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FANTASY OPEC: the oil ministers’ game of skill and diplomacy for all the family

Fantasy

Saudi Arabia’s Energy Minister Khalid al-Falih talks during the 23rd World Energy Congress in Istanbul, Turkey, October 10, 2016. REUTERS/Murad Sezer-OPEC Fantasy

May the most skillful fantasy minister win!

By John Kemp, Reuters energy analyst

FANTASY OPEC ™ is a game of skill and diplomacy for 14 players, though it can be expanded to as many as 20 players if required with the addition of non-OPEC countries.

The game begins with each player rolling five ordinary dice to determine the order in which players will pick ministerial portfolios.

The player rolling the highest combined score selects their minister first. The player with the highest score normally opts to be the Saudi oil minister.

Once portfolios have been selected, each minister, starting with Saudi Arabia, makes an offer to the other players setting out how much each country will produce.

The aim of the game is to reduce collective production from 33.64 million b/d to a target of 32.5-33.0 million b/d.

To induce other players to agree to a deal, a player may offer:

(1)              A time-limited deal (which may be extended later)

(2)              Selective exemptions to some producers (including themselves)

(3)              Variations in the baseline from which cutbacks are calculated (different countries can have different baselines and not all baselines have to be from same reference date)

(4)              Specified production cuts but no absolute numbers (as long as the specified cuts add up to between 640,000 and 1.14 million b/d)

Production offers may be contingent on participation by non-OPEC members including Russia, Azerbaijan, Kazakhstan, Mexico, Oman and Norway.

Players may not make offers contingent on production cuts by US and Canadian shale producers for antitrust reasons. Similarly cutbacks cannot be conditioned on lower output from Britain’s North Sea.

Players can call a technical meeting, a monitoring committee or an ministerial conference to help narrow differences and reach agreement. Shuttle diplomacy is encouraged.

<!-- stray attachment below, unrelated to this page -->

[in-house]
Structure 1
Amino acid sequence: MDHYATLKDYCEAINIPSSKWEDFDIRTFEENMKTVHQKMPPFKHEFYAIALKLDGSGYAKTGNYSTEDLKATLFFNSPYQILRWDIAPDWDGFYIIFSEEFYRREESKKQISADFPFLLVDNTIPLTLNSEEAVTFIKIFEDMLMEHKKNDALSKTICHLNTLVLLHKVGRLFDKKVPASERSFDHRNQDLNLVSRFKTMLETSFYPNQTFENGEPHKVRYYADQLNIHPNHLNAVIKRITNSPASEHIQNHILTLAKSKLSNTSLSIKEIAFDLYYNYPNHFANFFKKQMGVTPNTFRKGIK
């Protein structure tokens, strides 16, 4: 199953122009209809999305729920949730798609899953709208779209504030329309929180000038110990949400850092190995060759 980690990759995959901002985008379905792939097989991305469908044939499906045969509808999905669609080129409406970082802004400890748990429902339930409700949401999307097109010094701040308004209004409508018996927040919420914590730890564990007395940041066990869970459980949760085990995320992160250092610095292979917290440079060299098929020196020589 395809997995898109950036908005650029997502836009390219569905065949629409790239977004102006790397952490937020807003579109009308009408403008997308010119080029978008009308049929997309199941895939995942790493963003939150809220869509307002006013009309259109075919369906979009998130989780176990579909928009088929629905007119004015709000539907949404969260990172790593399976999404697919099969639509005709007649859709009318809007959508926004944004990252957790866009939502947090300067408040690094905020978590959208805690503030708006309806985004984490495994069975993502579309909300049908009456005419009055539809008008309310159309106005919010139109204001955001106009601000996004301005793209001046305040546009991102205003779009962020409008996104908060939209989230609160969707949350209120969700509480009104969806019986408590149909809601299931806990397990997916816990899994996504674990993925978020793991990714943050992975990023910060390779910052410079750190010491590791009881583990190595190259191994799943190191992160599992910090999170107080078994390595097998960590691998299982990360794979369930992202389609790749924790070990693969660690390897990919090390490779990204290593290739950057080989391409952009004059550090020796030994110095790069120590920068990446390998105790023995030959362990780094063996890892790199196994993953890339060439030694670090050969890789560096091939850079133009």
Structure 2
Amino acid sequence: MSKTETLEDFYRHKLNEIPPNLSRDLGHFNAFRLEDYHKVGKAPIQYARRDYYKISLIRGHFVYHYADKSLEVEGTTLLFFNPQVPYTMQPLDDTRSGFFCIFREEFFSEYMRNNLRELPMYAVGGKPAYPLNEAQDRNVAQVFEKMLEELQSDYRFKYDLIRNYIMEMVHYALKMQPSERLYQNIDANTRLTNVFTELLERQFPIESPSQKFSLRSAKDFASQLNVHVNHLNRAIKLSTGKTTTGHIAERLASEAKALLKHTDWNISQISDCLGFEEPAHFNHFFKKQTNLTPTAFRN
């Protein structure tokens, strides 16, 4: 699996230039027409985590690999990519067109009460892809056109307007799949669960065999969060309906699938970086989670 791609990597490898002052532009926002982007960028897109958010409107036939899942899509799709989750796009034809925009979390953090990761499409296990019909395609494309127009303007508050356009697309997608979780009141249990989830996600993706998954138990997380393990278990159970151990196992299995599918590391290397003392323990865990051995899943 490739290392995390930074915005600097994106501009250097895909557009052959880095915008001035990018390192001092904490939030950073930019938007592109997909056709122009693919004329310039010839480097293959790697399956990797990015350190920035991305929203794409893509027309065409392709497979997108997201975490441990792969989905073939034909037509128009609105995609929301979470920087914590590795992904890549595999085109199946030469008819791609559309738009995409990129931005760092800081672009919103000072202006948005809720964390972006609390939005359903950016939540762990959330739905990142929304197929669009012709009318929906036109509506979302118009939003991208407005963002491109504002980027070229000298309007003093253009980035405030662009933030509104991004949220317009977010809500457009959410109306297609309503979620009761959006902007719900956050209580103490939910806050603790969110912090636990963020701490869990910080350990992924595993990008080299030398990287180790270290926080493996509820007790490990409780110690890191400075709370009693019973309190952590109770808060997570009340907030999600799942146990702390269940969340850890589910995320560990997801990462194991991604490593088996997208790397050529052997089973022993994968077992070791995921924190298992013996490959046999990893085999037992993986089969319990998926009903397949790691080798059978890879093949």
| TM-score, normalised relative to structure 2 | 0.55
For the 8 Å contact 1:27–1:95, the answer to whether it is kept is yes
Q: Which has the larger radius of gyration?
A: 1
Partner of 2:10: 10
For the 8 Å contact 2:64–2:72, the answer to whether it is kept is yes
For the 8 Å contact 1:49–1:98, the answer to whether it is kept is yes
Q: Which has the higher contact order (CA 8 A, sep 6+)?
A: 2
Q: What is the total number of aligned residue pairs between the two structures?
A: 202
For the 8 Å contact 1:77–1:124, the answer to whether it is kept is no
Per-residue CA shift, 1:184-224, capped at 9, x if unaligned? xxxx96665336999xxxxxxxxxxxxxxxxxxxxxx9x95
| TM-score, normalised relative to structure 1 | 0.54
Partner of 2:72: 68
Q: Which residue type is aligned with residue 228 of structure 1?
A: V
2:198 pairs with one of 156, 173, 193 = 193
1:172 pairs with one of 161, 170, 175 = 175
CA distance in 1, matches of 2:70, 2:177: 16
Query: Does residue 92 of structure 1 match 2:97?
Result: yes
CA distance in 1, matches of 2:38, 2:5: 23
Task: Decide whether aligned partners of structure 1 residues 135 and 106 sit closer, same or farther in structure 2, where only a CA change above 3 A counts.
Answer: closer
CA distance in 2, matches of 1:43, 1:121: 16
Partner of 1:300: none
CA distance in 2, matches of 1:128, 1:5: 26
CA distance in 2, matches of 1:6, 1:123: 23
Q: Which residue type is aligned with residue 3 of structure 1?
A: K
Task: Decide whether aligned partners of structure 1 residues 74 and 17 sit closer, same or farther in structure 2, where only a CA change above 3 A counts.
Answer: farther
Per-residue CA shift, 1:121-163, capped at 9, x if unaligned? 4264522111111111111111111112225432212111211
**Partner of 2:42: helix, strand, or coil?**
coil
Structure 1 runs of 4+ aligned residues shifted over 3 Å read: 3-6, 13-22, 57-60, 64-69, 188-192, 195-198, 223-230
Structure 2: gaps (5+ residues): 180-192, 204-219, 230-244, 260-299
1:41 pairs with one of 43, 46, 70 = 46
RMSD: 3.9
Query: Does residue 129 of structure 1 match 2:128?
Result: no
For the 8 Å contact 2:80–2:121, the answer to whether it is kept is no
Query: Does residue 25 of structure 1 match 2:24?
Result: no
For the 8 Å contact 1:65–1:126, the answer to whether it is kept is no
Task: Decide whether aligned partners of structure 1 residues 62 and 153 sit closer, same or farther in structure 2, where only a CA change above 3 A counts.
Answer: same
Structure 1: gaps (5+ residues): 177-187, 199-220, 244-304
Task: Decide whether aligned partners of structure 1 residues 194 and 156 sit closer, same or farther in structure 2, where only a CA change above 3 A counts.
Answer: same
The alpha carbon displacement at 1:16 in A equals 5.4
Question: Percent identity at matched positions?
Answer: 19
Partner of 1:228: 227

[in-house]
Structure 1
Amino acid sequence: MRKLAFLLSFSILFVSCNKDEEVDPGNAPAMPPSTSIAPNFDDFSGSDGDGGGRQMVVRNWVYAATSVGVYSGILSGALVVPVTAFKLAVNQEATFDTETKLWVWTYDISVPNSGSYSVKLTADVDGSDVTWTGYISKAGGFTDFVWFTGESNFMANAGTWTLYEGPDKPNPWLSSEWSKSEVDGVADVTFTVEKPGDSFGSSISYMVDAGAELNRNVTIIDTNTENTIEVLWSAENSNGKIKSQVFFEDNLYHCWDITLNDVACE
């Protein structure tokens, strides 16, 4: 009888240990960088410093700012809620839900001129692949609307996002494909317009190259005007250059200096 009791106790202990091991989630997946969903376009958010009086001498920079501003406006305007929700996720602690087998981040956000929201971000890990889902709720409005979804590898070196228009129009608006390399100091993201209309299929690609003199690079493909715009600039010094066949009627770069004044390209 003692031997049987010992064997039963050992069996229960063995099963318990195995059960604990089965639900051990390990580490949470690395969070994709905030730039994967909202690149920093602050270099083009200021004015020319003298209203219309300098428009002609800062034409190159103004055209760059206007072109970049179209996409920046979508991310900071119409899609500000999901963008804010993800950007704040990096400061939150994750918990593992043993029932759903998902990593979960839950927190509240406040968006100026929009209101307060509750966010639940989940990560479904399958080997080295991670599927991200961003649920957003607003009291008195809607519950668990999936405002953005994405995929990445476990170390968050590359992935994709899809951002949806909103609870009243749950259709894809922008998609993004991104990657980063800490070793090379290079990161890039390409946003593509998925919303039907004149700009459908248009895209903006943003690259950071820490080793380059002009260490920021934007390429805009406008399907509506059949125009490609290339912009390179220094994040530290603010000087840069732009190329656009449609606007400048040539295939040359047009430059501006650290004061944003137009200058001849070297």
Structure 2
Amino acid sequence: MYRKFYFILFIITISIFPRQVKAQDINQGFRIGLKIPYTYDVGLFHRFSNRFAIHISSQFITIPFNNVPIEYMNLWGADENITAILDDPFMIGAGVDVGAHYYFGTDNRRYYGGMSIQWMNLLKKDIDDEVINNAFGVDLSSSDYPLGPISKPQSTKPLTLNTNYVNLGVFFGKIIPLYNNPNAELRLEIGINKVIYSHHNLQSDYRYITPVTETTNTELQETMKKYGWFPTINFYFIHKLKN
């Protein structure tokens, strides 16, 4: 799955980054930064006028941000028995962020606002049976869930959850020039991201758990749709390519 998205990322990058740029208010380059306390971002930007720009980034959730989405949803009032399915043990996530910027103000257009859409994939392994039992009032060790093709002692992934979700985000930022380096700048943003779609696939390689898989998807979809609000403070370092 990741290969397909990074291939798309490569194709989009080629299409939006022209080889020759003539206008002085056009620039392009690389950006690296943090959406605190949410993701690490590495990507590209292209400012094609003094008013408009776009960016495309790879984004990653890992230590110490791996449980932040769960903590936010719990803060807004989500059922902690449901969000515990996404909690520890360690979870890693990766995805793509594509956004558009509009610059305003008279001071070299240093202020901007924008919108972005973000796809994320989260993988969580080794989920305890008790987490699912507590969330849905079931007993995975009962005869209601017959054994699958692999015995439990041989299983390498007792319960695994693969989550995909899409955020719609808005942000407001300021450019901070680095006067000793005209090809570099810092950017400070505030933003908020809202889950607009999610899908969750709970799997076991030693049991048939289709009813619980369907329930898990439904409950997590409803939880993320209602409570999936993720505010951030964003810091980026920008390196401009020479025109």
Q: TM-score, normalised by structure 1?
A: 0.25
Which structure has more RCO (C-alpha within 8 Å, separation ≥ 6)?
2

Players may call a press conference for up to 340 specialist journalists in the OPEC press corps, or provide off-the-record briefings to a smaller number of journalists and analysts, with the aim of pushing other players towards a favourable deal.

Players may call a temporary timeout in order to consult with their national political capitals but storming out of the meeting is discouraged

Game play continues until a player’s offer is accepted by all the other players (including any non-OPEC Fantasy players in the expanded version) in which case that player is declared the winner.

Special rules: The Saudi oil minister always has a veto over any potential deal. The Iranian and Iraqi oil ministers also have a veto but only if they both reject a deal at the same time. Ministers for the UAE, Kuwait and Qatar will be expected to support the Saudis unless there are exceptional circumstances. Ministers from Gabon, Ecuador and Indonesia are not allowed to block a deal among the other players. In the expanded game, no deal is possible unless it is approved by Russia.

Fantasy play must conclude by Nov 30. If no agreement is reached by the end of Nov 30, players may elect to declare a rollover or extend the talks until another meeting in the near future. Or they may declare failure in which case the oil price may crash and everyone is declared a loser.

To win, an offer must specify a verification mechanism, which may include OPEC’s nationally-derived own numbers, secondary sources, tanker trackers, or a globally recognized professional services firm.

May the most skillful minister win!

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